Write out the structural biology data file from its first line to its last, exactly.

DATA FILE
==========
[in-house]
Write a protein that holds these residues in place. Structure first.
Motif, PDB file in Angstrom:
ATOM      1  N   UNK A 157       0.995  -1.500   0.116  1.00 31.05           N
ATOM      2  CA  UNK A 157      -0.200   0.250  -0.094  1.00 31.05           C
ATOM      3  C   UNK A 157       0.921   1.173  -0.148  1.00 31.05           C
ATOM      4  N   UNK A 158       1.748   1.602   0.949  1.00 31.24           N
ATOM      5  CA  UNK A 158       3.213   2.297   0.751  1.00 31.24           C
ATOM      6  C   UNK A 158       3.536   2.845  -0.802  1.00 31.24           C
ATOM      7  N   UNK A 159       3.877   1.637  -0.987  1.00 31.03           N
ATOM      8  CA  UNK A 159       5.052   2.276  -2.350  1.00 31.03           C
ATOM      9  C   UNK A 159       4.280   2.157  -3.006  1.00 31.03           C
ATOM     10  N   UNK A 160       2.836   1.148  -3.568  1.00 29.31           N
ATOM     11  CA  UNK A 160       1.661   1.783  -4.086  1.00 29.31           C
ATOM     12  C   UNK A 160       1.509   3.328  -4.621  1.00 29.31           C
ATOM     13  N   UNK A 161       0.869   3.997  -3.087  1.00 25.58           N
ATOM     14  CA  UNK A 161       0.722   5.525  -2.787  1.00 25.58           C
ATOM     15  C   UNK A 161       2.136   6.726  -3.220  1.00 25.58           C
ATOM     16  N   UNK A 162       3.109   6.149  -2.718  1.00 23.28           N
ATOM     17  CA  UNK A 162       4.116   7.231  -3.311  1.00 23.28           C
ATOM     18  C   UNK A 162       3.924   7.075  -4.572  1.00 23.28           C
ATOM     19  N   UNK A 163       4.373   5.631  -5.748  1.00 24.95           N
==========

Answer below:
[in-house]
Write a protein that holds these residues in place. Structure first.
Motif, PDB file in Angstrom:
ATOM      1  N   UNK A 157       0.995  -1.500   0.116  1.00 31.05           N
ATOM      2  CA  UNK A 157      -0.200   0.250  -0.094  1.00 31.05           C
ATOM      3  C   UNK A 157       0.921   1.173  -0.148  1.00 31.05           C
ATOM      4  N   UNK A 158       1.748   1.602   0.949  1.00 31.24           N
ATOM      5  CA  UNK A 158       3.213   2.297   0.751  1.00 31.24           C
ATOM      6  C   UNK A 158       3.536   2.845  -0.802  1.00 31.24           C
ATOM      7  N   UNK A 159       3.877   1.637  -0.987  1.00 31.03           N
ATOM      8  CA  UNK A 159       5.052   2.276  -2.350  1.00 31.03           C
ATOM      9  C   UNK A 159       4.280   2.157  -3.006  1.00 31.03           C
ATOM     10  N   UNK A 160       2.836   1.148  -3.568  1.00 29.31           N
ATOM     11  CA  UNK A 160       1.661   1.783  -4.086  1.00 29.31           C
ATOM     12  C   UNK A 160       1.509   3.328  -4.621  1.00 29.31           C
ATOM     13  N   UNK A 161       0.869   3.997  -3.087  1.00 25.58           N
ATOM     14  CA  UNK A 161       0.722   5.525  -2.787  1.00 25.58           C
ATOM     15  C   UNK A 161       2.136   6.726  -3.220  1.00 25.58           C
ATOM     16  N   UNK A 162       3.109   6.149  -2.718  1.00 23.28           N
ATOM     17  CA  UNK A 162       4.116   7.231  -3.311  1.00 23.28           C
ATOM     18  C   UNK A 162       3.924   7.075  -4.572  1.00 23.28           C
ATOM     19  N   UNK A 163       4.373   5.631  -5.748  1.00 24.95           N